Plant: Metallic Palm (Chamaedorea metallica) | Favorite Band: pre-1994 Metallica
(Metallica photo via Kreepin Deth/Wikimedia Commons CC BY 3.0)
Because post-1993 Metallica is nobody’s favorite band.
Plant: Century Plant (Agave americana) | Favorite Band (Artist): Jeff Buckley
(Century Plant photo via WRT3/Wikimedia Commons CC BY SA 3.0, Jeff Buckley photo via nlaspf/Flickr CC BY NC ND 2.0)
Century plant uses a reproductive strategy called semelparity. It grows for 10, 20, 30 years or more, then produces a single, glorious flowering stalk. Towering up to 40 feet high, rich with nectar and pollen, and producing edible seeds, it is truly a wonder of nature that anyone should feel blessed to have experienced. And then the whole plant dies…
I’ve really depressed myself now.
Plant: Hosta (Hosta spp.) | Favorite Band: U2
(Hosta photo via El Grafo/Wikimedia Commons CC BY SA 3.0, U2 photo via Zachary Gillman/Wikimedia Commons CC BY 2.5)
Look, I like The Joshua Tree as much as the next guy, and hostas can find a place in just about any shade garden (like mine, for example.) But I’d bet dollars to donuts that an image search for ‘banal ubiquity’ turns up photos of Bono in a hosta nursery. These two are safe bets, reliable but never spectacular, the Toyota Camrys of music and horticulture. So when a hosta hits the iTunes store, it searches U2 first, then Taylor Swift for a little variety and some Dave Matthews Band if it’s feeling nostalgic. But don’t pity U2 – their harmless consistency has netted the band members a combined €632,535,925 (about $818,985,376) according to The Sunday Times. Reportedly, half of all album sales are to hostas.
Created: 8/13/2013 Updated: 8/9/2016
As predicted, Harper’s Horticultural Bottom Ten is well on its way to becoming an important, nay, essential treatise within the vast and tangled gallimaufry of gardening discourse. I am sorry for the delay in bringing you the next installment, gentle reader, but as you may well imagine, I have been wholly occupied accepting international awards, juggling requests for public appearances, and turning down marriage proposals. However, today I shall set aside these distractions, for the task at hand remains vital, and my expertise indispensable to its execution. So welcome, everyone, to the Bottom Ten Part Two: Unspeakable Lovecraftian Nightmare Edition!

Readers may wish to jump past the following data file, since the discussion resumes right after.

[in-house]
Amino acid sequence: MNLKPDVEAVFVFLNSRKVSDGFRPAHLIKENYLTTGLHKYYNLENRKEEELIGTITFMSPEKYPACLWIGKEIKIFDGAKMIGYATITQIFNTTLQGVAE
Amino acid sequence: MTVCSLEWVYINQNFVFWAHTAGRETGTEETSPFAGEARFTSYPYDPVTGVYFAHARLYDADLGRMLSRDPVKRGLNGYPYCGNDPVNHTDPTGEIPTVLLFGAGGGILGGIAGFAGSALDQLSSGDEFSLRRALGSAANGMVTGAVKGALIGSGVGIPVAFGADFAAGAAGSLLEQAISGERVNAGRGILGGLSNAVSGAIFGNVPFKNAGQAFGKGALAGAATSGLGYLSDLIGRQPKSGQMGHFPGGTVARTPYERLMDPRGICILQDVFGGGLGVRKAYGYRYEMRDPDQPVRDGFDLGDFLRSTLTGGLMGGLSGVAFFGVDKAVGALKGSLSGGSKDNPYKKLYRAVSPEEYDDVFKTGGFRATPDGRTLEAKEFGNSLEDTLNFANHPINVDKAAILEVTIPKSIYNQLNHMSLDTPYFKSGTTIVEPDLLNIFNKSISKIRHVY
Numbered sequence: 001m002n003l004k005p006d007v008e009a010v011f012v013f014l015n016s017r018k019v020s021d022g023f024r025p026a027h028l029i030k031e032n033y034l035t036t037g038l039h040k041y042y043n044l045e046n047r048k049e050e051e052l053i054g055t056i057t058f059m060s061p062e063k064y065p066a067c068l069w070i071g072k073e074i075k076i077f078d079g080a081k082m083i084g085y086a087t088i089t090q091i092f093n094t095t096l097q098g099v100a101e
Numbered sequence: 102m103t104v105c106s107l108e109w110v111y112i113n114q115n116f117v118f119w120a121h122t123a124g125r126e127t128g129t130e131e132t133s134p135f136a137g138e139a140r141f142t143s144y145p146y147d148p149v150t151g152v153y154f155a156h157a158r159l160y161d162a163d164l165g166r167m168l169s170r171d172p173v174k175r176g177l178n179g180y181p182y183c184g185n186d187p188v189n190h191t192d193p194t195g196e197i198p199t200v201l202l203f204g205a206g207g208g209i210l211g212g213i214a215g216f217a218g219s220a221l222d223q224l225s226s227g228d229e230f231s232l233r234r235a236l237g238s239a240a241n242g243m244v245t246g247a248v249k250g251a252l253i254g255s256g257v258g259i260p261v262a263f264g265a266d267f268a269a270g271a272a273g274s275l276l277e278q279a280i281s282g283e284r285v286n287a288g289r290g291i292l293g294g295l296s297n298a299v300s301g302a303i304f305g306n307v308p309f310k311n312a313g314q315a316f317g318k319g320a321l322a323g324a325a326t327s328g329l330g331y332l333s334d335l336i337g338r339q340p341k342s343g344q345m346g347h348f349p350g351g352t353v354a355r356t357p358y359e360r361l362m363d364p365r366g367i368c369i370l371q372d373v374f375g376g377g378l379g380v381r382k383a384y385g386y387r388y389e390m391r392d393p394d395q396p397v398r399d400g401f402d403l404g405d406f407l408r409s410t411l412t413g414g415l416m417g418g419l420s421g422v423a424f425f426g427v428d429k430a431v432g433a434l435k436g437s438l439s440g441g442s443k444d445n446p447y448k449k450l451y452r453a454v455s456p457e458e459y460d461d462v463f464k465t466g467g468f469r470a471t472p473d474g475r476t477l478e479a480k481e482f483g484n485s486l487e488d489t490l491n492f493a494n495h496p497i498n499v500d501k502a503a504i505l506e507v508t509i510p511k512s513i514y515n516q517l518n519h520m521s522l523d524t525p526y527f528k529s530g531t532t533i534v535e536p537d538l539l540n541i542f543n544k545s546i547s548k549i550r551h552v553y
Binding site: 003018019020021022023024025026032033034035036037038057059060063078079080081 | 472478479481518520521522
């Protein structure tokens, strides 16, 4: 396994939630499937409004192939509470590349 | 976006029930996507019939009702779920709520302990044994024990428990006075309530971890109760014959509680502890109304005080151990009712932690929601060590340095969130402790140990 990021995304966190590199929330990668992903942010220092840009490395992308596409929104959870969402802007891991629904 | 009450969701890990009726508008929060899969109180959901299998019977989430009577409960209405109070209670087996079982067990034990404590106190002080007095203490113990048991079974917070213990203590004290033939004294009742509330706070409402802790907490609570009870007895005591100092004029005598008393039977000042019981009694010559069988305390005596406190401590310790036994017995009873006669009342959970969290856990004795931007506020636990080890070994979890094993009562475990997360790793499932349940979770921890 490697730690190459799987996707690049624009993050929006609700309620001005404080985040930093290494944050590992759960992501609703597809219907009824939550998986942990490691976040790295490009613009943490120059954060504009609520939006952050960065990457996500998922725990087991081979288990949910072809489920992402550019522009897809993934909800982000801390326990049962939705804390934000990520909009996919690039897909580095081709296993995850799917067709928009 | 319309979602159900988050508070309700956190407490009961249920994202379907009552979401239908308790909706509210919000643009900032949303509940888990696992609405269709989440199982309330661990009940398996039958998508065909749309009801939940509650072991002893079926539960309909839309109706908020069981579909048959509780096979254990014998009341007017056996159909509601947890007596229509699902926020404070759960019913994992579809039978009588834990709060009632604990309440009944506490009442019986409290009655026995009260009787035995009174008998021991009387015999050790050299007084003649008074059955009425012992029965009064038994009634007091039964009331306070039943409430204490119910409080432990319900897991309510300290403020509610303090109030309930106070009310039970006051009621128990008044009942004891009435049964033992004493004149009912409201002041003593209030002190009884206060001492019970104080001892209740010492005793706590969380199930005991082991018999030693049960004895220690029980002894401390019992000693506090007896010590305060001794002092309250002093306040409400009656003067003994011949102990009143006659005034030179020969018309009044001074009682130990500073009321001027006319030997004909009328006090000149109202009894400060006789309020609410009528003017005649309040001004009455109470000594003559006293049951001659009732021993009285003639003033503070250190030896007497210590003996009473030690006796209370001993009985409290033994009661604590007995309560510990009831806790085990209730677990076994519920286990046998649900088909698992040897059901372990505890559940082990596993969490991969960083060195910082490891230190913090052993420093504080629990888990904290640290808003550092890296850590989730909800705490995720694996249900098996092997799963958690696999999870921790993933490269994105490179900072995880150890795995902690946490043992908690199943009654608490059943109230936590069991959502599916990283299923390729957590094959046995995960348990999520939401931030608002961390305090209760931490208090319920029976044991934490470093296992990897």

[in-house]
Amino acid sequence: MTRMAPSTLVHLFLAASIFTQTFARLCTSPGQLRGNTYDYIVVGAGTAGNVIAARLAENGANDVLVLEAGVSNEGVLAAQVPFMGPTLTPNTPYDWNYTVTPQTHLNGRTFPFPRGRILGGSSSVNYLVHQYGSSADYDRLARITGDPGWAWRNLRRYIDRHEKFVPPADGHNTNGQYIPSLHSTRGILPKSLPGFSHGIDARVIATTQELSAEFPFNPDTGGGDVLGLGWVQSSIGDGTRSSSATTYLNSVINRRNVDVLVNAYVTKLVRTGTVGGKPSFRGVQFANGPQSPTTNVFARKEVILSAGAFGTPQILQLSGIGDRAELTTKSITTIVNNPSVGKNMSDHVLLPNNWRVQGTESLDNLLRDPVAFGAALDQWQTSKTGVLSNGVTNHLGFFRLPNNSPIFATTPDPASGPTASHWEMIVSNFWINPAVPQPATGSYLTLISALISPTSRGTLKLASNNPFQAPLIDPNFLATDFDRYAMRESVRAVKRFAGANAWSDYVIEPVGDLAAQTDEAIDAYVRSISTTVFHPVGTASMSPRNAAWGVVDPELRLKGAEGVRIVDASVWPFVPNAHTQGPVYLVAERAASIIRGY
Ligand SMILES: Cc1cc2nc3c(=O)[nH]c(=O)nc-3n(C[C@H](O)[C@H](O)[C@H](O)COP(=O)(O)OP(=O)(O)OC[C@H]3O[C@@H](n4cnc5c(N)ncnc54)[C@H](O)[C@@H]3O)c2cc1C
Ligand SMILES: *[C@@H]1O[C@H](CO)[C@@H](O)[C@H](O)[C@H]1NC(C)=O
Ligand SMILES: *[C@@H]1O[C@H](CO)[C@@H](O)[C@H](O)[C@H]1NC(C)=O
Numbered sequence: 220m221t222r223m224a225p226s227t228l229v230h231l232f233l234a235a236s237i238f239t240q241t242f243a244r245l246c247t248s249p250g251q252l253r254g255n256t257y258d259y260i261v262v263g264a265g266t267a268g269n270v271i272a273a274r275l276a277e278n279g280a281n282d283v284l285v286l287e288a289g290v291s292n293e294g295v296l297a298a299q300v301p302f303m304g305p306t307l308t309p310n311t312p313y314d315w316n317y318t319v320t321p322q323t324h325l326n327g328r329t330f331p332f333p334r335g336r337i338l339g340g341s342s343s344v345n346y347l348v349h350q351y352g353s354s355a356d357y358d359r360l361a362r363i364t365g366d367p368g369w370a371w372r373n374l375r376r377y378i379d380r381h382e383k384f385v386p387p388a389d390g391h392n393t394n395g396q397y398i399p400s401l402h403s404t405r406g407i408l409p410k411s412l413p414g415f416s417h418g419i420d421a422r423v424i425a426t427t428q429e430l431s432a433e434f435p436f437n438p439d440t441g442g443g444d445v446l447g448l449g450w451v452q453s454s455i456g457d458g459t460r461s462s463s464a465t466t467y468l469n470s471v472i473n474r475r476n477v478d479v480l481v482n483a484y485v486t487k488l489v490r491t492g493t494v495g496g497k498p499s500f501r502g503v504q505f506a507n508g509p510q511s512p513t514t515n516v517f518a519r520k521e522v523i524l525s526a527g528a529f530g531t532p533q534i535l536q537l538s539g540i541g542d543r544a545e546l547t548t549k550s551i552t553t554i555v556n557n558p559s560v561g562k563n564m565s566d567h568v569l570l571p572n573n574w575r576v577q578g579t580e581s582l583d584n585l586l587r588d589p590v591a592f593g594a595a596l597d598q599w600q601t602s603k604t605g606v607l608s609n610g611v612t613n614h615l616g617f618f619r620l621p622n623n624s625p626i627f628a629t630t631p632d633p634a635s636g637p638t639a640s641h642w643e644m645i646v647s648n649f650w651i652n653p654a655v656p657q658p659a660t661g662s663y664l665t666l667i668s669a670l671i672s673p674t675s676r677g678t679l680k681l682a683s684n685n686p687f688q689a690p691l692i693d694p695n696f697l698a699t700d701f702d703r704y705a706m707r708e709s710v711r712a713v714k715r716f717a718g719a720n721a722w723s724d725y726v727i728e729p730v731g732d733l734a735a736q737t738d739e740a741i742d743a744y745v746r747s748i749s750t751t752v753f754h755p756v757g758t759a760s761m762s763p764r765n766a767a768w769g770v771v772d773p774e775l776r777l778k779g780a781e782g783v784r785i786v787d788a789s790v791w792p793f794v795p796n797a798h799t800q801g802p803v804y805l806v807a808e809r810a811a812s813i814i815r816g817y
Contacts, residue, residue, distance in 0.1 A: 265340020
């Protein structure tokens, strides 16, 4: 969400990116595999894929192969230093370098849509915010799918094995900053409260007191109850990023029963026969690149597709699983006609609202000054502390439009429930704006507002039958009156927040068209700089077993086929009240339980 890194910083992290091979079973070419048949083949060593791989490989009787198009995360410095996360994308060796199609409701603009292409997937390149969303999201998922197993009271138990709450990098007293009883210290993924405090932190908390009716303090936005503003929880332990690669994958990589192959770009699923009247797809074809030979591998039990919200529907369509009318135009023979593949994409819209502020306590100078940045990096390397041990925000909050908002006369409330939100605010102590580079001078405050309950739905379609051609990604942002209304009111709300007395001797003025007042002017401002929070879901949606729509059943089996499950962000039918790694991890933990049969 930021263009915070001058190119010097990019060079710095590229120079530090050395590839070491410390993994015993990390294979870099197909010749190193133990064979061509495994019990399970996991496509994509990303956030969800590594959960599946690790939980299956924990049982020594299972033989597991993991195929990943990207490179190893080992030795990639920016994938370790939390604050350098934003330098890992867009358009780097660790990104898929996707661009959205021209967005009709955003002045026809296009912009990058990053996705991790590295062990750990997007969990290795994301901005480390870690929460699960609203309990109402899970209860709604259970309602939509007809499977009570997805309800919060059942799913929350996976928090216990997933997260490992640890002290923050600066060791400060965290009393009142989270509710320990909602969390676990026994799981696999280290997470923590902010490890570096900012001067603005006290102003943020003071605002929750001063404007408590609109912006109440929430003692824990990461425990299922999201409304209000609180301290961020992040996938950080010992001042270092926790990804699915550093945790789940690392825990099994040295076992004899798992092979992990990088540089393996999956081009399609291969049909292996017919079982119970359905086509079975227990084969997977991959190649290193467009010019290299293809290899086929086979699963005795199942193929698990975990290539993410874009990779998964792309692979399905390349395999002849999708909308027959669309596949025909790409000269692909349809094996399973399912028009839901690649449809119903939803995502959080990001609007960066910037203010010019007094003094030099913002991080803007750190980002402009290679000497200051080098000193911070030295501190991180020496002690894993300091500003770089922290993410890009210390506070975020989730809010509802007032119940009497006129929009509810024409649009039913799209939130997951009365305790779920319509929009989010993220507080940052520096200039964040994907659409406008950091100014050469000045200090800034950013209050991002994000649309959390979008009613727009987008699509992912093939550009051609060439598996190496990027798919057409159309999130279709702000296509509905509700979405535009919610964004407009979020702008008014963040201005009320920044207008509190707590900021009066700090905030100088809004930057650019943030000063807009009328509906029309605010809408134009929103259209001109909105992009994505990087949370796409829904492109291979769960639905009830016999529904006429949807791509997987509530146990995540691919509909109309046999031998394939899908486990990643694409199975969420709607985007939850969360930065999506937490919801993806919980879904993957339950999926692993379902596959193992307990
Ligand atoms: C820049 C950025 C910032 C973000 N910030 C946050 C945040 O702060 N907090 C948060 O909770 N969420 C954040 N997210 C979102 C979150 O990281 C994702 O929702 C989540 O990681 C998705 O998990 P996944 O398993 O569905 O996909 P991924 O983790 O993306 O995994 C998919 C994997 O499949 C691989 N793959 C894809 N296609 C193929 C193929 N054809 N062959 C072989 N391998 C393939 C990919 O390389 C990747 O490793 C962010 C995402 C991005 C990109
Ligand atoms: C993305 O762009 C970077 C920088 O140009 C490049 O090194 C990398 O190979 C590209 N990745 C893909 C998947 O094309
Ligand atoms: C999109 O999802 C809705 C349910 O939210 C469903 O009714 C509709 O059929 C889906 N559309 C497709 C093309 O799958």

For those of you who don’t know what awesome is, H. P. Lovecraft was one of the 20th century’s most brilliant horror writers. If you’re unacquainted with his oeuvre, go read “The Thing at the Doorstep.” I’ll wait. Done? Cool. Good luck sleeping tonight. Lovecraft specializes in nurturing a crawling sense that someone or something within a story is…off. Unnatural. Distorted. Perverse. Then, in the final pages, when you’re good and creeped out, you finally encounter it: the Thing That Should Not Be.
I am certainly no Lovecraft. But I can recognize a hideous, forsaken monstrosity when I see it. I can tell when plant breeding has run disturbingly amok. Yes, gentle reader, I know them. I know the Plants That Should Not Be.
Example 1: Here is a normal coneflower…
…here is a ‘Greenline’ coneflower…
Eyeballs on stalks. Watching you. Forever.
…and a ‘Green Wizard’ coneflower
Kill it. With fire.
Why? Just why? What disturbed compulsion forced otherwise well-intentioned plantsmen and women to create these botanical perversities? Are they pretty? Are they an improvement on the standard form? The answer to both questions is a clear and resounding “no”. Yet there they are. Living. Growing.
Example 2: Here is your standard daylily…
…and here is the cultivar ‘Sanford Double Doozy’.